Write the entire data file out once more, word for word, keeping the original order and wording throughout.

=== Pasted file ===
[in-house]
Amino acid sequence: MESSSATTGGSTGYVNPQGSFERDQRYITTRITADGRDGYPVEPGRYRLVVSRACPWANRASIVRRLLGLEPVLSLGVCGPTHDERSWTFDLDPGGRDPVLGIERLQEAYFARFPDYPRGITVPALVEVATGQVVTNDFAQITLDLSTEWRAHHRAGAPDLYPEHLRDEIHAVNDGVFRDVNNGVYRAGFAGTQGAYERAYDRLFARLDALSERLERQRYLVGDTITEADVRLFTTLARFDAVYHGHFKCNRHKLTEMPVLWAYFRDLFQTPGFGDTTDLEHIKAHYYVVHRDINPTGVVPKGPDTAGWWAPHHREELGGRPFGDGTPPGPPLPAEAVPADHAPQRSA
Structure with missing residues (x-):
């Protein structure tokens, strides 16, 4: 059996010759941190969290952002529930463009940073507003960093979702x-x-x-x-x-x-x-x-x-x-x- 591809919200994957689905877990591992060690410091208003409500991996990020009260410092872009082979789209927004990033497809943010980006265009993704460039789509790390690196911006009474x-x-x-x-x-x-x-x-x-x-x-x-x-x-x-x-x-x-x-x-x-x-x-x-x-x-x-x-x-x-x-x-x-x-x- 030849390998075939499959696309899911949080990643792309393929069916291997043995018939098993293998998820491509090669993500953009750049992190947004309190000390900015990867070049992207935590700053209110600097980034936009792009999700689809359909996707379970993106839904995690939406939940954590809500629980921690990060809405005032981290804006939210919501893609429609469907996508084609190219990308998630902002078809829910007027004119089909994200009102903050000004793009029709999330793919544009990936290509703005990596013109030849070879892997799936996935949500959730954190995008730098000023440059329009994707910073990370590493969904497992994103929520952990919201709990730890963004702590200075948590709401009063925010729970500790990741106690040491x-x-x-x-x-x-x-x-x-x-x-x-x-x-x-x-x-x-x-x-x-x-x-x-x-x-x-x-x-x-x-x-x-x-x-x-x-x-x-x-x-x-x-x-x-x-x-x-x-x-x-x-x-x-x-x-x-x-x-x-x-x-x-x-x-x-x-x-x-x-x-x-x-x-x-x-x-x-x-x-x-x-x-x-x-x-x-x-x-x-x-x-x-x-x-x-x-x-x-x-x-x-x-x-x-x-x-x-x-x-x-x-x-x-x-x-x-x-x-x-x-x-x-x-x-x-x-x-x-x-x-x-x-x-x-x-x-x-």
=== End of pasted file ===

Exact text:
[in-house]
Amino acid sequence: MESSSATTGGSTGYVNPQGSFERDQRYITTRITADGRDGYPVEPGRYRLVVSRACPWANRASIVRRLLGLEPVLSLGVCGPTHDERSWTFDLDPGGRDPVLGIERLQEAYFARFPDYPRGITVPALVEVATGQVVTNDFAQITLDLSTEWRAHHRAGAPDLYPEHLRDEIHAVNDGVFRDVNNGVYRAGFAGTQGAYERAYDRLFARLDALSERLERQRYLVGDTITEADVRLFTTLARFDAVYHGHFKCNRHKLTEMPVLWAYFRDLFQTPGFGDTTDLEHIKAHYYVVHRDINPTGVVPKGPDTAGWWAPHHREELGGRPFGDGTPPGPPLPAEAVPADHAPQRSA
Structure with missing residues (x-):
């Protein structure tokens, strides 16, 4: 059996010759941190969290952002529930463009940073507003960093979702x-x-x-x-x-x-x-x-x-x-x- 591809919200994957689905877990591992060690410091208003409500991996990020009260410092872009082979789209927004990033497809943010980006265009993704460039789509790390690196911006009474x-x-x-x-x-x-x-x-x-x-x-x-x-x-x-x-x-x-x-x-x-x-x-x-x-x-x-x-x-x-x-x-x-x-x- 030849390998075939499959696309899911949080990643792309393929069916291997043995018939098993293998998820491509090669993500953009750049992190947004309190000390900015990867070049992207935590700053209110600097980034936009792009999700689809359909996707379970993106839904995690939406939940954590809500629980921690990060809405005032981290804006939210919501893609429609469907996508084609190219990308998630902002078809829910007027004119089909994200009102903050000004793009029709999330793919544009990936290509703005990596013109030849070879892997799936996935949500959730954190995008730098000023440059329009994707910073990370590493969904497992994103929520952990919201709990730890963004702590200075948590709401009063925010729970500790990741106690040491x-x-x-x-x-x-x-x-x-x-x-x-x-x-x-x-x-x-x-x-x-x-x-x-x-x-x-x-x-x-x-x-x-x-x-x-x-x-x-x-x-x-x-x-x-x-x-x-x-x-x-x-x-x-x-x-x-x-x-x-x-x-x-x-x-x-x-x-x-x-x-x-x-x-x-x-x-x-x-x-x-x-x-x-x-x-x-x-x-x-x-x-x-x-x-x-x-x-x-x-x-x-x-x-x-x-x-x-x-x-x-x-x-x-x-x-x-x-x-x-x-x-x-x-x-x-x-x-x-x-x-x-x-x-x-x-x-x-």